By Sherri Stewart
On September 4, 2019, a hero died in Grand Rapids, Michigan—one most of us have never heard of. How I wish I’d known her. But as was true of many survivors of the holocaust, Diet didn’t want to remember what happened in her early life, so she started afresh in the United States, keeping her early life a secret until Corrie ten Boom changed her mind.
As a young girl, Diet loved adventure. With her hair a mess, she was the epitome of a tomboy as she climbed trees and jumped over ditches with her friends. Her life with her parents, two brothers, and sister was normal and safe in The Hague, in the Netherlands. When she was seventeen, an eighteen-year-old named Hein Seitsma moved into their house after his mother died. This irritated Diet because there were too many boys in the house. Diet tried hard not to like him. She really did. Soon, though, she was forced to admit that he wasn’t so bad, and soon they were dating.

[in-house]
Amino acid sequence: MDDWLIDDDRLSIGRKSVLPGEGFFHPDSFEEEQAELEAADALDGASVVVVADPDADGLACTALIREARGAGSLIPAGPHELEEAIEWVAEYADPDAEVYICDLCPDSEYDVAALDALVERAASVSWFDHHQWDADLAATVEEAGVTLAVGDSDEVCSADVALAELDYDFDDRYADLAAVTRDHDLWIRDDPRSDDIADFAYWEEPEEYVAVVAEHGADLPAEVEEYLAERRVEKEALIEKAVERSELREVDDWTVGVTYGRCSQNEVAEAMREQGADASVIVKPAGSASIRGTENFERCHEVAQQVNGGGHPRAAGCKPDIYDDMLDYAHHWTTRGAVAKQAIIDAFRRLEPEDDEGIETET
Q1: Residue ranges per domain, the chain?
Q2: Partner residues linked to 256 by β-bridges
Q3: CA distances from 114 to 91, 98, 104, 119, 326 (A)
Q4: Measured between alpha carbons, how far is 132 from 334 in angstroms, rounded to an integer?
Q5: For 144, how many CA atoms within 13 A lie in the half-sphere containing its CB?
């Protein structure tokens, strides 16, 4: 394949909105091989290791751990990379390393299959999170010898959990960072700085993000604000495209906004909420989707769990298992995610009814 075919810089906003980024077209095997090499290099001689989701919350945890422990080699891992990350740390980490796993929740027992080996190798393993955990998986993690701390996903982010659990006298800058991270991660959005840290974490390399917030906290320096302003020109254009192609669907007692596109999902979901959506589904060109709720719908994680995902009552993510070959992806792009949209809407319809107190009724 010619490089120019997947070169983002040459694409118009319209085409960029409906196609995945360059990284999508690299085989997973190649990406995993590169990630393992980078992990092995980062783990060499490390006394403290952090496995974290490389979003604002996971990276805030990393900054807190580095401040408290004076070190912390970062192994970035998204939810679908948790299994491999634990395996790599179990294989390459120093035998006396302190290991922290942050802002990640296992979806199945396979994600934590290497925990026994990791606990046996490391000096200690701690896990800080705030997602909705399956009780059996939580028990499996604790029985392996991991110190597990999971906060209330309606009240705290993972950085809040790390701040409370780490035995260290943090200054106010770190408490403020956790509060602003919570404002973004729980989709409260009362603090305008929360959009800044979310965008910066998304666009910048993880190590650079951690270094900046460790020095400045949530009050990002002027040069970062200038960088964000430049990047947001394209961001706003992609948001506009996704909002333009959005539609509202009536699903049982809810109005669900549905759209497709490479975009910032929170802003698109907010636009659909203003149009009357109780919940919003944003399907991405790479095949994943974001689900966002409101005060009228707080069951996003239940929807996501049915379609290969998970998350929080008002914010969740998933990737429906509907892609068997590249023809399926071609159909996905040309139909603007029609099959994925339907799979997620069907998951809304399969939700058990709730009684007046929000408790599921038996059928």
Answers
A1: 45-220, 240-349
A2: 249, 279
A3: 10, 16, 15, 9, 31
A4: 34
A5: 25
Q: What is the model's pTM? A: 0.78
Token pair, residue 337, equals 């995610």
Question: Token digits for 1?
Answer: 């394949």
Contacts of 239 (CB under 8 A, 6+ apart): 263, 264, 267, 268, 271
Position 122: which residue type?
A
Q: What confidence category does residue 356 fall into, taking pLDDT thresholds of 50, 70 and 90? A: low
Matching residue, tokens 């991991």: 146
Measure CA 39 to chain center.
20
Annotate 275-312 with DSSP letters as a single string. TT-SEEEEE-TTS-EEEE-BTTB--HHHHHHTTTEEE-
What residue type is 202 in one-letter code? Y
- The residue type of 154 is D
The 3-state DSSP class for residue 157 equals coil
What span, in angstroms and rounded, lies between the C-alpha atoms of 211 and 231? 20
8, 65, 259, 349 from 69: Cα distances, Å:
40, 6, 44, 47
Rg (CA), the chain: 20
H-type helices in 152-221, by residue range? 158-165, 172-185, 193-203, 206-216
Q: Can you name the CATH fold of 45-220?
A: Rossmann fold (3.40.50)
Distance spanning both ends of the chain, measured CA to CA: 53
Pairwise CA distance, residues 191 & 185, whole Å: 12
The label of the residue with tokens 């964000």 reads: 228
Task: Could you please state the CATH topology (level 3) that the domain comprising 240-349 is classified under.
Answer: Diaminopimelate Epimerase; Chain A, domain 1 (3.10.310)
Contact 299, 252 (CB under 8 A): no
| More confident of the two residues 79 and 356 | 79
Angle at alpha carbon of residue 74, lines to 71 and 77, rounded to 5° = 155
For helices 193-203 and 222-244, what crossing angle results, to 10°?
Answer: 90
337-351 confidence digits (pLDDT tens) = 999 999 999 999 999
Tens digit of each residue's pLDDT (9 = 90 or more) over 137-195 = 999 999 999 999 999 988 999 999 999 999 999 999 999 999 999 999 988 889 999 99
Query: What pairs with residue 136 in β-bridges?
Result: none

Normal life ebbed away when Adolf Hitler’s armies reached the borders of Holland on May 9, 1940, and Diet awoke in the early morning light of Friday to the first sounds of war. In the months that followed, Diet watched as her town was transformed by the occupying Nazi force. Synagogues defaced, shop windows graffitied—and in the newspapers, summaries of every place Jews could not be. And so began five years of enemy occupation. Radios were confiscated. Food was rationed. Identity cards were issued and had to be carried at all times. Young men were rounded up and sent to work in Germany. University students had to either sign an oath of allegiance to the Nazi party or report for deportation to Germany… or go into hiding.